Our History

My Story About Disability Pride

Mary LeDonne, Disability Pride New York City
My 10 year old daughter Mary was born with a rare syndrome that left her with multiple disabilities. It is through her that I became aware of the truth about what being disabled means. Even though she faces different challenges because of her disabilities she is the most beautiful creature on God’s green earth. It’s through my love for her that I started to want the rest of the world to see what I see and know what I know. One day a few years back, right after NYC celebrated Gay Pride Day, I asked myself why there isn’t a Disability Pride Day? Little did I know at the time that Disability Pride was already a national movement and an international one as well. I found that Chicago and other places already had a parade but not New York City? That just seemed wrong so I started making calls and taking it one step at a time learning as I went. I’m glad to say that we now have a 501(c)(3) non profit called Disability Pride NYC. We’re planning our first parade for July 2015. I’m hoping for a big party that not only celebrates people with disabilities but includes all people. A day to reject able-ism and worn-out stereotypes and replace them with a feeling of pride in who and what people with disabilities really are – just another diverse and beautiful aspect of humanity.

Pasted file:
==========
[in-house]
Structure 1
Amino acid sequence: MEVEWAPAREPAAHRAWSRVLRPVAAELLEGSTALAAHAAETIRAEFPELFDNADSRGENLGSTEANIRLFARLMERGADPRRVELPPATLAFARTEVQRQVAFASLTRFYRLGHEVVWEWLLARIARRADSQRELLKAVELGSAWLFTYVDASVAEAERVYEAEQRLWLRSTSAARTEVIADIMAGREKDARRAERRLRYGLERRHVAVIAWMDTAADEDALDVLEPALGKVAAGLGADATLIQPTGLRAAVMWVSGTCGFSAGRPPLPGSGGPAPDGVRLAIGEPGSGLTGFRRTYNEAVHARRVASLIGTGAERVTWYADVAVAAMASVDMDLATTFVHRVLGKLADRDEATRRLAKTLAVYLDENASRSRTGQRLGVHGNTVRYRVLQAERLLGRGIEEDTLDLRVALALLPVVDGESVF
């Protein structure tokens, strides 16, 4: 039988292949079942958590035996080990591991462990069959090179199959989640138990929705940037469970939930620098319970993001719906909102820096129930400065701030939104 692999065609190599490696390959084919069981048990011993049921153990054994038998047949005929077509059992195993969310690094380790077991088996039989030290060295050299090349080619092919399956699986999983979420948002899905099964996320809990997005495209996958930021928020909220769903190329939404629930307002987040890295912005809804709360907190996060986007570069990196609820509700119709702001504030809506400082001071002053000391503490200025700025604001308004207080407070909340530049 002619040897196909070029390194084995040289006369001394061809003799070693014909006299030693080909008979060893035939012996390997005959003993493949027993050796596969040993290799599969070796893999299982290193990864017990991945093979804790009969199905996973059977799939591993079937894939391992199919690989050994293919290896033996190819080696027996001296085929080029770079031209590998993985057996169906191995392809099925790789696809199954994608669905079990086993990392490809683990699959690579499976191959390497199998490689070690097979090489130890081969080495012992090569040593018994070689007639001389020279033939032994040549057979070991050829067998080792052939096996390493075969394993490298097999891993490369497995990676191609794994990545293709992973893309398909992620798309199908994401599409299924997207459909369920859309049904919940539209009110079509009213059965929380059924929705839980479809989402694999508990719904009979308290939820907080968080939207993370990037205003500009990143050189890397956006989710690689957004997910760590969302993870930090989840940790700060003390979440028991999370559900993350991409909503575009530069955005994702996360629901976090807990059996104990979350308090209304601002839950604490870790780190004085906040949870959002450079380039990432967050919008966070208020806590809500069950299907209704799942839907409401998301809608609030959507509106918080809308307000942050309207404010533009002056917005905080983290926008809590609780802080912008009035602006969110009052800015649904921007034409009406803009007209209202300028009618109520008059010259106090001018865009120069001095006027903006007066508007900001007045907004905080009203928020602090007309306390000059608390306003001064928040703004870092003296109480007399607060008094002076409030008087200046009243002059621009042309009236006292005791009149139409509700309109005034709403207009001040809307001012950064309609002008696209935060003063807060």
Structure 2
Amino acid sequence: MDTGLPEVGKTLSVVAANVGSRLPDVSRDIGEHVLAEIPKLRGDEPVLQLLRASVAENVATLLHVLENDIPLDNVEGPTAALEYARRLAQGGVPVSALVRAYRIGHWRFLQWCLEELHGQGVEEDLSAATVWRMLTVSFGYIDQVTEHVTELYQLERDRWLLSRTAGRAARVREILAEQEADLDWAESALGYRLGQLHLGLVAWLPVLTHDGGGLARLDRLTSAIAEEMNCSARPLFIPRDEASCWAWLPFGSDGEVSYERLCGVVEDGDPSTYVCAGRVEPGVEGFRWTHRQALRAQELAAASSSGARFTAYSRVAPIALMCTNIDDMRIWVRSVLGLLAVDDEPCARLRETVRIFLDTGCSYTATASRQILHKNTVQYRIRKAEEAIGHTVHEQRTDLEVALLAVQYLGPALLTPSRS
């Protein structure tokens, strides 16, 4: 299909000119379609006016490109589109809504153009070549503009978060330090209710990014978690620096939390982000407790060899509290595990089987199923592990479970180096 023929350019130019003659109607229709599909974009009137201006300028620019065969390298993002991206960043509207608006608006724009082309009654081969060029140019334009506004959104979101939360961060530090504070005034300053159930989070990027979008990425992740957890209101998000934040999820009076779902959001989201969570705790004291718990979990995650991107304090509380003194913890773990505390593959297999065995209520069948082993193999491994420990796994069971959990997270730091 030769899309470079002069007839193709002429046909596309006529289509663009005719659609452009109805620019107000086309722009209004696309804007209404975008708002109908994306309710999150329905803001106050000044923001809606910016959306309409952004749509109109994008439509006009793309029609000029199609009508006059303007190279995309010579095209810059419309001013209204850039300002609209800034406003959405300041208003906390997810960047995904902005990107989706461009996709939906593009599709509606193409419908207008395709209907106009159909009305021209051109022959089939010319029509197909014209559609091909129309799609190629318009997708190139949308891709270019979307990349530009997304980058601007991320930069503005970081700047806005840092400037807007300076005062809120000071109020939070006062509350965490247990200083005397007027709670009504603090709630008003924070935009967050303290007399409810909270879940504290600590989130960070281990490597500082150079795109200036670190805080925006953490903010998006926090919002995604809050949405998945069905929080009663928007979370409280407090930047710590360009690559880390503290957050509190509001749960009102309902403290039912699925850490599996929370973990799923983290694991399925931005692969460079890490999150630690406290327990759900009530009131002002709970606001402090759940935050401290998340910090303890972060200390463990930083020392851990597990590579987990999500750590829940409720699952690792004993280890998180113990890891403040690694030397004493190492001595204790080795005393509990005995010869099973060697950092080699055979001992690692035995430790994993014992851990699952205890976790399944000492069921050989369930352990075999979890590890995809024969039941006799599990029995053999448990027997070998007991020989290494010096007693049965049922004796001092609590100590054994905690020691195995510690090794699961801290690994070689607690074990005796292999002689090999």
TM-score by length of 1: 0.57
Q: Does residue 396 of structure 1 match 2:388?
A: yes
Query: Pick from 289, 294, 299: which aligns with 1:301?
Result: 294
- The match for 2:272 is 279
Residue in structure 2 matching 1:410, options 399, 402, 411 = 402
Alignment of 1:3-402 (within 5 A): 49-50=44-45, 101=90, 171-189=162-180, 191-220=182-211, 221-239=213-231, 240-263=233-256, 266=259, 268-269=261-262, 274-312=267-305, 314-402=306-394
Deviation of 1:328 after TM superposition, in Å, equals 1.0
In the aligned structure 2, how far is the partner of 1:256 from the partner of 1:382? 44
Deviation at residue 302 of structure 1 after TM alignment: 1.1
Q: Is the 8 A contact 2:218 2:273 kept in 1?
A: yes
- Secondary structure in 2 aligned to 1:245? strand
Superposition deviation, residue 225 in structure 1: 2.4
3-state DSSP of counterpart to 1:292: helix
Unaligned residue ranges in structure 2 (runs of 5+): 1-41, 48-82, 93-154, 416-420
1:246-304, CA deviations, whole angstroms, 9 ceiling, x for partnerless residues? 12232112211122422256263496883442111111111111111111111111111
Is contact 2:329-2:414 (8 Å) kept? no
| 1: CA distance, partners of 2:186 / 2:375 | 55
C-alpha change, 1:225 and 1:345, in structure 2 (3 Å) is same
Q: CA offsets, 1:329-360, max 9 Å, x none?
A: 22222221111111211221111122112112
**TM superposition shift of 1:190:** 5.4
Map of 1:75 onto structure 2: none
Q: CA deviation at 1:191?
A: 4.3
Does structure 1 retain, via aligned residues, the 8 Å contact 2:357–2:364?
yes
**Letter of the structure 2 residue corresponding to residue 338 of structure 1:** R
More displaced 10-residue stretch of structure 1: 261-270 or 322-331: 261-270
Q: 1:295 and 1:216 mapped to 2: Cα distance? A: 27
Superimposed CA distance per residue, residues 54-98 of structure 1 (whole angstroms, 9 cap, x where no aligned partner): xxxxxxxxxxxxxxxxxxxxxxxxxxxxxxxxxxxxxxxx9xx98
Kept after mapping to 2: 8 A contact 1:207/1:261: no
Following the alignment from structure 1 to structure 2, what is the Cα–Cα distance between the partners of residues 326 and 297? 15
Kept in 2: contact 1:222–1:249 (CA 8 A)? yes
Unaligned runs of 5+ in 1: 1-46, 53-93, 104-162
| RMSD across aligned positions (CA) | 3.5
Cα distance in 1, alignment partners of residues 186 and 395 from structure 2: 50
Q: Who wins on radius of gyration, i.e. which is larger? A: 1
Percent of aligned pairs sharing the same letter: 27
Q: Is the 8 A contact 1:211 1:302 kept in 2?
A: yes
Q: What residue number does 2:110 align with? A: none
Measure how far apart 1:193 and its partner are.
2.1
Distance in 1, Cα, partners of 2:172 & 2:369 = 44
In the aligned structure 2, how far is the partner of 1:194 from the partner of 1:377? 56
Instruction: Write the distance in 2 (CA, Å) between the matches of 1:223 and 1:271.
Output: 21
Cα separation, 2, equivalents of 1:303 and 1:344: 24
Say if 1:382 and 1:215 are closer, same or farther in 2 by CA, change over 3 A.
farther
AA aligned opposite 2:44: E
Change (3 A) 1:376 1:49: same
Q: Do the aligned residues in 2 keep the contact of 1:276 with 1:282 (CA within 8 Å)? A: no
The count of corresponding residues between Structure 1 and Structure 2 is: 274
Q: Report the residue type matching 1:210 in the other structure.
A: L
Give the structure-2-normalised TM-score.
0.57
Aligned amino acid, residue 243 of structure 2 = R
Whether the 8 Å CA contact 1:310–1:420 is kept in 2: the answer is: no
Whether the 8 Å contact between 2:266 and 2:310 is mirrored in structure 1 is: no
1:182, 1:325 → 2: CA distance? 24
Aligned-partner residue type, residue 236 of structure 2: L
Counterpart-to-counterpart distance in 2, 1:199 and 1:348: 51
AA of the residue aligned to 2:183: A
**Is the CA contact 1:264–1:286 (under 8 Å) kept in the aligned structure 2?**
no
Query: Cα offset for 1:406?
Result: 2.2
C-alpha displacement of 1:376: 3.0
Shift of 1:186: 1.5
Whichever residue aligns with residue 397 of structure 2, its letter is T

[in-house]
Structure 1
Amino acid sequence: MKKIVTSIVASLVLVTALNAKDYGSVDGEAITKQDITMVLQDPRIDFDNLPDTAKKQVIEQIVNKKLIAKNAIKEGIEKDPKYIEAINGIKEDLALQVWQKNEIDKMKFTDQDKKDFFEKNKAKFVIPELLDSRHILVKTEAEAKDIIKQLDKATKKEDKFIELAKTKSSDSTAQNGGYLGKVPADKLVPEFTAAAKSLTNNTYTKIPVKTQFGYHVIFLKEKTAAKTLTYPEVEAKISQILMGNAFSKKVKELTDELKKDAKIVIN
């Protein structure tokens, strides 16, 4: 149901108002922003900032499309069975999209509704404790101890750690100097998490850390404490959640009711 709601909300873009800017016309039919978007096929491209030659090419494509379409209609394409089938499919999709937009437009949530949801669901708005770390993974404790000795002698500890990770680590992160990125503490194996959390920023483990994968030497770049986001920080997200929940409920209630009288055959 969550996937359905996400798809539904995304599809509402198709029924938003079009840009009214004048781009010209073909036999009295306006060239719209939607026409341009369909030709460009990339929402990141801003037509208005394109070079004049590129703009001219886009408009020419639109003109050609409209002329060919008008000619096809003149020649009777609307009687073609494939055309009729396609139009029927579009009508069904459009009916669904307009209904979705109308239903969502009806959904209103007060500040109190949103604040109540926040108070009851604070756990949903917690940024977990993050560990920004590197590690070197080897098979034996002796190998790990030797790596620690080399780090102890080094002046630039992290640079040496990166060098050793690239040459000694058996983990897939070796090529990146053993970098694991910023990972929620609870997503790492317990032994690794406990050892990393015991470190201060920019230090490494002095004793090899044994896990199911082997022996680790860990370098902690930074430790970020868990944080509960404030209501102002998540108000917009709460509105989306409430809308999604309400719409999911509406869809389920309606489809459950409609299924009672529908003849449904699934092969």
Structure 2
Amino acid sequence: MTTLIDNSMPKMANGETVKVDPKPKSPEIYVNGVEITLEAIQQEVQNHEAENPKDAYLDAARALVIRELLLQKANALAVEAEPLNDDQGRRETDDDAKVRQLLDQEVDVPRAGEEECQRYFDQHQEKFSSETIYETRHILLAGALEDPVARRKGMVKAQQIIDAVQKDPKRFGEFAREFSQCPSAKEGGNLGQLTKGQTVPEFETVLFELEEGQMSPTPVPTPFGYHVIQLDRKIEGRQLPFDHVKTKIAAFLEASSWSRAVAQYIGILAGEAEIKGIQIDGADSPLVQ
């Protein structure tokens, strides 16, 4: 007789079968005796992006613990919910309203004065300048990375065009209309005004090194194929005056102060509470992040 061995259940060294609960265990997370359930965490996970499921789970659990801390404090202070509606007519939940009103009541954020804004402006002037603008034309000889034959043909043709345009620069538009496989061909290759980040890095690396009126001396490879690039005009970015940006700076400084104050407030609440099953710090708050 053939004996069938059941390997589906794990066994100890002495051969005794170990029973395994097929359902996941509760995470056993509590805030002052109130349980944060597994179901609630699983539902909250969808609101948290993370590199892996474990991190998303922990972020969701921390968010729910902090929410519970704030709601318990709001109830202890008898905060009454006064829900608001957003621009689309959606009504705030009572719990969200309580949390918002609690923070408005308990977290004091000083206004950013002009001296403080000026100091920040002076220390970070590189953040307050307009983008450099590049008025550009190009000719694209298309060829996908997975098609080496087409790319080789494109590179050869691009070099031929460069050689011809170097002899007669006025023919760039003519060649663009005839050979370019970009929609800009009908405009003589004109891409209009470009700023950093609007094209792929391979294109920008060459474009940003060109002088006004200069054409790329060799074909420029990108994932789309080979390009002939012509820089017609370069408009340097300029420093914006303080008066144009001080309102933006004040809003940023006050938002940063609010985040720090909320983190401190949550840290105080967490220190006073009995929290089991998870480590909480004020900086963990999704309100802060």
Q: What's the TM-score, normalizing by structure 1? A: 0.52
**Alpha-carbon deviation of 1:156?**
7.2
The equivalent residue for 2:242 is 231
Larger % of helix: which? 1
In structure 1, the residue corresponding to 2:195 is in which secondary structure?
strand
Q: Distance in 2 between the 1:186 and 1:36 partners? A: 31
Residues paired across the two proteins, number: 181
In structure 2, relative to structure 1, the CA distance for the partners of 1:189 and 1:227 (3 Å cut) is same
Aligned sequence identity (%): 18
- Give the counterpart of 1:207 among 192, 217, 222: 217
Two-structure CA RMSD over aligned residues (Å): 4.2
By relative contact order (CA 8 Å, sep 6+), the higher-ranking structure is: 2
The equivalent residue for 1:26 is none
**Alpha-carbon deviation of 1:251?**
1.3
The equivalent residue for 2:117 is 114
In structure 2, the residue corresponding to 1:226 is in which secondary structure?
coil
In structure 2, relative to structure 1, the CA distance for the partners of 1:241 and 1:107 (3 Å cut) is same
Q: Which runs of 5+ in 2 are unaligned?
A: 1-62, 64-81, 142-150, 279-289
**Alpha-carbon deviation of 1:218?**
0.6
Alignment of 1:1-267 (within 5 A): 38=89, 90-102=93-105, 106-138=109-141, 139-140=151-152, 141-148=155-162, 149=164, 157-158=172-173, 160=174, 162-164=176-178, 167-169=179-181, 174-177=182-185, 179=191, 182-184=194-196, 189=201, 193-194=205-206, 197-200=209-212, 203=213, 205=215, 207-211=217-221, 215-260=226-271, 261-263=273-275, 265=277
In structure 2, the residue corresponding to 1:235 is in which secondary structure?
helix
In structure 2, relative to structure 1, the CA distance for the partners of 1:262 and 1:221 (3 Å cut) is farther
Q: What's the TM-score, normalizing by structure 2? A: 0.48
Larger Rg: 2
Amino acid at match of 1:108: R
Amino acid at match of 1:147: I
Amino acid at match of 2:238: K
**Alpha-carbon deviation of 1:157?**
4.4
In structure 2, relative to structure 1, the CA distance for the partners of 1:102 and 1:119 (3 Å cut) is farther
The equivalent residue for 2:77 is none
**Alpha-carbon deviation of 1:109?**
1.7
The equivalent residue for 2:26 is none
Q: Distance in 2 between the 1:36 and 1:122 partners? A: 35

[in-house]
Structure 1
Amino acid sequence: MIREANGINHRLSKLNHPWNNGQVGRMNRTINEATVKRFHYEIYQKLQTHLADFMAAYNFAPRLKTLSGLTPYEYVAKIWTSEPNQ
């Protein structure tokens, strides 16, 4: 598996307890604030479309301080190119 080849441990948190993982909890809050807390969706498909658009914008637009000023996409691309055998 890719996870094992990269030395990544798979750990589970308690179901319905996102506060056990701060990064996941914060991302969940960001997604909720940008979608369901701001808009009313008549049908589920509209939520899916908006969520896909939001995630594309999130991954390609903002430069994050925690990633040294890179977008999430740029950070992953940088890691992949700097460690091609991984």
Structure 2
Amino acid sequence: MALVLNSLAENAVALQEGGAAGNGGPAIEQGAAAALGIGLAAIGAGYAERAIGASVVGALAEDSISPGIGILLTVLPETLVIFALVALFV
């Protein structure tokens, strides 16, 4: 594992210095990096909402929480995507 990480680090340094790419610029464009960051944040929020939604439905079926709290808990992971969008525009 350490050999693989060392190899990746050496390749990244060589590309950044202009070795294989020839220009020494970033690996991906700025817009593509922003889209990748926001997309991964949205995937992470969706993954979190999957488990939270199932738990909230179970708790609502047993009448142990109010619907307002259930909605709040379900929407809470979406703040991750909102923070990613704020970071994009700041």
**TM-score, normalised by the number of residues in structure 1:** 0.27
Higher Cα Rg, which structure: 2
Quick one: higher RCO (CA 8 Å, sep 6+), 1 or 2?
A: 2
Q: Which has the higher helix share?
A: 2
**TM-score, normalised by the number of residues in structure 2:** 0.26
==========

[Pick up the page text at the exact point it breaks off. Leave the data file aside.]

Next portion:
Mike LeDonne – Founder, President/CEO

The Pace Report: “Jazz Legends for Disability Pride Concert Highlights”

A BRIEF HISTORY OF THE DISABILITY RIGHTS MOVEMENT (EXCERPT):

Disability March

While the signing of the ADA placed immediate legislative demands to ensure equal access and equal treatment of people with disabilities, deep-rooted assumptions and stereotypical biases were not instantly transformed with the stroke of a pen. People with disabilities still face prejudice and bias with the stereotypical portrayal of people with disabilities in the movies and in the media, physical barriers to schools, housing and to voting stations, and lack of affordable health care. The promise of the ADA is yet to be fully realized, but the disability rights movement continues to make great strides towards the empowerment and self-determination of Americans with disabilities.

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